Taking a Finkel-like approach by establishing clean energy targets and a single point of responsibility for their achievement are critical first principles for freight transport to help Australia reach its emission reduction goals for 2030 and beyond.

How to lift energy productivity in Freight Transport

A Roadmap to double energy productivity in Freight Transport by 2030” is now released for comment, and yours will be most welcome.

Urgent action is needed to generate more economic value from the energy used to move freight in Australia, as congested cities increasingly constrain productivity across the economy. Decisions made today can lock-in energy-intensive freight transport activities for decades.

Published by the Australian Alliance for Energy Productivity using extensive consultation with leading transport businesses, industry associations and government stakeholders, the roadmap aims to agree actions and priorities for both industry and government under the National Energy Productivity Plan (NEPP).

Transport is now Australia’s largest energy user, and with the freight task to grow 25% over the next decade, it will have ever-greater influence on congestion, climate change, air pollution and economic productivity across all sectors. The transport sector has some of the most cost-effective opportunities for energy and emissions savings, yet as the NEPP 2016 annual report notes, raising energy productivity in freight and commercial transport relies largely on voluntary action, and little progress is being made.

The Roadmap considers trends that will shape future energy use in the sector, including increasing urbanisation, a shift to renewable energy, vehicle electrification, connectivity and intelligent transport systems, automation and business model transformation. It gauges the extent of improvements possible via known technologies; it highlights the uncertainty expected from various levels of disruption that is coming; and it identifies measures to help the transition to a much more energy-productive freight sector.

Key suggestions will be incorporated into its final version, so please check it out and contribute your ideas.


Extra money to buy new trucks

Announcing a new service that unlocks government funding to buy new efficient trucks.

We can now help mid-to-large trucking companies access government incentives to invest in more efficient transport vehicles by reducing finance costs and paying cash from carbon credits.

Unique Opportunity

With no up-front costs, we can qualify fleet renewals for:

–             a 0.7% finance rate discount monthly

–             cash payments from carbon credits annually

Funded by the Clean Energy Finance Corporation, the finance discount lowers lease payments for the life of the lease and comes off your market interest rate.

The more fuel efficient your new vehicles are compared to those they replace, the greater the carbon credit cash bonus becomes, paid from an established Emissions Reduction Fund project annually for up to seven years.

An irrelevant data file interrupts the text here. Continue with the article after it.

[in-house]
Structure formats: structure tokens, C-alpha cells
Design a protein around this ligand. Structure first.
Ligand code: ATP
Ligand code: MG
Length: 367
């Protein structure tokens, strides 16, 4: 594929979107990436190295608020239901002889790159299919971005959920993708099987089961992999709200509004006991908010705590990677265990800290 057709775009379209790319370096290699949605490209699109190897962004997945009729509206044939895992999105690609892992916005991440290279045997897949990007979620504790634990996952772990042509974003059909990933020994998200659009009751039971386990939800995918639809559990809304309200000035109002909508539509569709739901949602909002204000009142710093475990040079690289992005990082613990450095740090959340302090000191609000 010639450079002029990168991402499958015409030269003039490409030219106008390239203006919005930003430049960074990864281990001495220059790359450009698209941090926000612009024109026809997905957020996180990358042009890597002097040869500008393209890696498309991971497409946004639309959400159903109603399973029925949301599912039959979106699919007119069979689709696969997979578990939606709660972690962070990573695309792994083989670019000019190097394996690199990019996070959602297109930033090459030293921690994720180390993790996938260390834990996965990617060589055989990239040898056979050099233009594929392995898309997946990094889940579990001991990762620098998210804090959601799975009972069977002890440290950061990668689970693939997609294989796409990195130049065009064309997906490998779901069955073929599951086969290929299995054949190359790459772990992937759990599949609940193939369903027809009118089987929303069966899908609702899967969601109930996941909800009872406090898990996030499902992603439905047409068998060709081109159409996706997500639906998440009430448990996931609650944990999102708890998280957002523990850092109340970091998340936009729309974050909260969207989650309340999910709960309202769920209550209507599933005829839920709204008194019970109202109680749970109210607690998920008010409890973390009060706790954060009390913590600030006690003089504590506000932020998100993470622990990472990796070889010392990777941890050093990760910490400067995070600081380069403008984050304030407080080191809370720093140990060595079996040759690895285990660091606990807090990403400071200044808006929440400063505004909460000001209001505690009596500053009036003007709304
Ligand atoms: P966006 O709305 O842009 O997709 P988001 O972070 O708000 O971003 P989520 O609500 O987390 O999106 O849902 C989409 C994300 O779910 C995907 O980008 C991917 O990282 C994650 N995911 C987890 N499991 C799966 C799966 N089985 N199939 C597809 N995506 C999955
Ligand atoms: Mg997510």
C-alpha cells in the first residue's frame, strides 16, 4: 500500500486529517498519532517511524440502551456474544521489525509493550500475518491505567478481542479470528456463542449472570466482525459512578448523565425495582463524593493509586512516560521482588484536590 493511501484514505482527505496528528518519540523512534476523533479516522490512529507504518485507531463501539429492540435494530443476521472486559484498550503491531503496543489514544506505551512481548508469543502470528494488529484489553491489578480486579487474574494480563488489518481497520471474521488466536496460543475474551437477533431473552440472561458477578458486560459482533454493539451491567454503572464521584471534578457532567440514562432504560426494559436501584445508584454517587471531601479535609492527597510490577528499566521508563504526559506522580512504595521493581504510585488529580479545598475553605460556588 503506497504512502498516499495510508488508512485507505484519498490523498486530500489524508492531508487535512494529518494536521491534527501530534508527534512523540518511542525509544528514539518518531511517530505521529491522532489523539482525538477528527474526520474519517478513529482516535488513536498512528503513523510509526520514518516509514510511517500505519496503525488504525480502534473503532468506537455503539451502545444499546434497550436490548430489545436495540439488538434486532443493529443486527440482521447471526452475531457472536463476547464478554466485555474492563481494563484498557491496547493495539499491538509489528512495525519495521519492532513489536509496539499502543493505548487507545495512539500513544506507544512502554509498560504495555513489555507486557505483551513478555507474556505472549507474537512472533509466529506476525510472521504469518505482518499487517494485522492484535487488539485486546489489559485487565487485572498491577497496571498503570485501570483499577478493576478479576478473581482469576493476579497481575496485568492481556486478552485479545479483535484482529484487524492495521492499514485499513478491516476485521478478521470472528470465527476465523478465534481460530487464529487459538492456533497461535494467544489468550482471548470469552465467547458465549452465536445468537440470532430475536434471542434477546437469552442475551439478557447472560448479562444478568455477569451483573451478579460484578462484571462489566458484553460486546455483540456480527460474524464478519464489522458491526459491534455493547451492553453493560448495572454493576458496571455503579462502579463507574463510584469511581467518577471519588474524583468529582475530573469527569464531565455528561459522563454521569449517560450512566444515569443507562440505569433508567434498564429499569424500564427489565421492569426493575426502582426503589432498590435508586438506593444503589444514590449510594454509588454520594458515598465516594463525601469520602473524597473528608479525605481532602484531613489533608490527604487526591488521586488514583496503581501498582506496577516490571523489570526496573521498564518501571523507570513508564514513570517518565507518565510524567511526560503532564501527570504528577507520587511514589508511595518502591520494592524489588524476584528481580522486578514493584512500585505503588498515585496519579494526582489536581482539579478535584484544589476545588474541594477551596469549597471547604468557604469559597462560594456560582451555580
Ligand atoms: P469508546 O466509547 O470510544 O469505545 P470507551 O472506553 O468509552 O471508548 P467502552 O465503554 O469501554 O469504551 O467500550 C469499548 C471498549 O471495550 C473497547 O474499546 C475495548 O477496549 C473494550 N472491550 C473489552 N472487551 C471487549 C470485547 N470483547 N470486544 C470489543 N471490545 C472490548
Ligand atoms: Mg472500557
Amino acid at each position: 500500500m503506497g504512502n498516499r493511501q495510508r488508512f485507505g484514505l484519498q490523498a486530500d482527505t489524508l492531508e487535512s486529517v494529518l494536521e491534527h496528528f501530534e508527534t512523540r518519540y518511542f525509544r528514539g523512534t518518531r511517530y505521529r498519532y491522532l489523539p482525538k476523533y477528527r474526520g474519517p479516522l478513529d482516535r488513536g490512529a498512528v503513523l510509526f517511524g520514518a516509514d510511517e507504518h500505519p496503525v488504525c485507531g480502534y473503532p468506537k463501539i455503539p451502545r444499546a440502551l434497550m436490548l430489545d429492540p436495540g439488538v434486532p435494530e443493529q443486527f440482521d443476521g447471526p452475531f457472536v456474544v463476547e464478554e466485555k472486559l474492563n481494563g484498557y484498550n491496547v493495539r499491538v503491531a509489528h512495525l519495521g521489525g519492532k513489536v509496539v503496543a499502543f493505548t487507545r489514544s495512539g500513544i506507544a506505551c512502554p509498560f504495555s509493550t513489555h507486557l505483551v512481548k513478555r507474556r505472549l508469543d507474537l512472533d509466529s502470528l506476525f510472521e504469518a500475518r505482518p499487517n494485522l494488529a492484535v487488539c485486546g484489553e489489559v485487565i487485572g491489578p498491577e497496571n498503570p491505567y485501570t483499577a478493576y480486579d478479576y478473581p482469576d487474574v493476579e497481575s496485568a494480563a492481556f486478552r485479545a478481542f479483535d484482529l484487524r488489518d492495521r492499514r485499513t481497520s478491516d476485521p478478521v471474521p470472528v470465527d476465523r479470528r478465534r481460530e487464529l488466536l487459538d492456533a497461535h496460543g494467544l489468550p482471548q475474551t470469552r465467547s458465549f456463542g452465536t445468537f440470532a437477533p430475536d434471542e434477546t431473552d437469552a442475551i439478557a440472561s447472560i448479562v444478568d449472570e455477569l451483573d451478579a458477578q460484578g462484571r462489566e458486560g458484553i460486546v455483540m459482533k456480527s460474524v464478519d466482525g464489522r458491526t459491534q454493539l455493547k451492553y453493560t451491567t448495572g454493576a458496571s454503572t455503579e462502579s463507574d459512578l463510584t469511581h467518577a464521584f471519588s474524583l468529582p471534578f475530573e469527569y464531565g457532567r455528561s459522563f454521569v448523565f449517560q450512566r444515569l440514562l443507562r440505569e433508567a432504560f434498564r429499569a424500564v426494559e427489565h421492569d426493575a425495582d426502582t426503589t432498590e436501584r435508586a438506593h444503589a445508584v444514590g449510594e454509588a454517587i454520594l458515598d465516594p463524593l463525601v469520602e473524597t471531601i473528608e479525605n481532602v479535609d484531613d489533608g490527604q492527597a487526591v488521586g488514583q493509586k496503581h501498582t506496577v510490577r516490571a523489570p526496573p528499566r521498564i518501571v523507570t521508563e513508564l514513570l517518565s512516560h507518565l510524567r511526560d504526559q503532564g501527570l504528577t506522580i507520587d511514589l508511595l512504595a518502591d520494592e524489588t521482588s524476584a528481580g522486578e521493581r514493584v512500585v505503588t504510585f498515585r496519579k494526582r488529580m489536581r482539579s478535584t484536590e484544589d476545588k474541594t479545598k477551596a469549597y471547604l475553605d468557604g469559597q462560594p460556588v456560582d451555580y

Easy, Low Risk & No Fees

It’s an easy, low risk process with no up-front or ongoing charges that gives truck buyers extra cash on top of the fuel savings and other benefits that new trucks provide.

And it shows customers you are achieving real, measurable, government-backed environmental improvements as an innovator in your industry.

Why leave money on the table?

Don’t miss out! Contact me today to see how much funding is available for your new truck purchases in 2017 and beyond.

David Coleman

0455 777 551

How will Blockchain Disrupt Freight Transport?

Blockchain technology could slash the cost of transactions and reshape the economy.

Blockchain technology will soon facilitate and track financial payments, cross-border trade and freight flows. A peer-to-peer digital network, blockchain is an open-source distributed ledger that records transactions between two parties efficiently and in a verifiable, secure and permanent way, while also enabling ‘smart contracts’ that trigger transactions automatically.

Logistics companies are already using blockchain for commercial settlements of bills of lading and customs; to pay for international cargo fees with Bitcoin crypto-currency; to decentralise the tracking of shipping containers; and to record a globally accessible provenance trail for diamonds that has enormous applications for quality assurance in retail, agriculture and pharmaceuticals supply chains.

The impact of blockchain on freight transport will go hand-in-hand with the rise of autonomous and connected vehicles and other exponential technologies. Envision a world where self-driving vehicles, with routing and pricing software tuned to minimise energy use, are guided to the quickest route by real-time traffic updates and to the next customer by real-time requests, with blockchain eliminating the middleman to match freight with vehicles, charge transaction fees and set terms and conditions in a smart contract that sends payment to a supplier as soon as sensors confirm a shipment is delivered. No drivers, back office staff or banks required. Tolls, parking, energy and maintenance automatically transacted. Logistics companies face the prospect of competing with anonymous fleets of privately-owned vehicles optimised for quick, low cost delivery services.

Is this a realistic vision of blockchain’s impact on freight transport? What other possibilities are emerging? And how soon must we be ready for blockchain integration to our business models?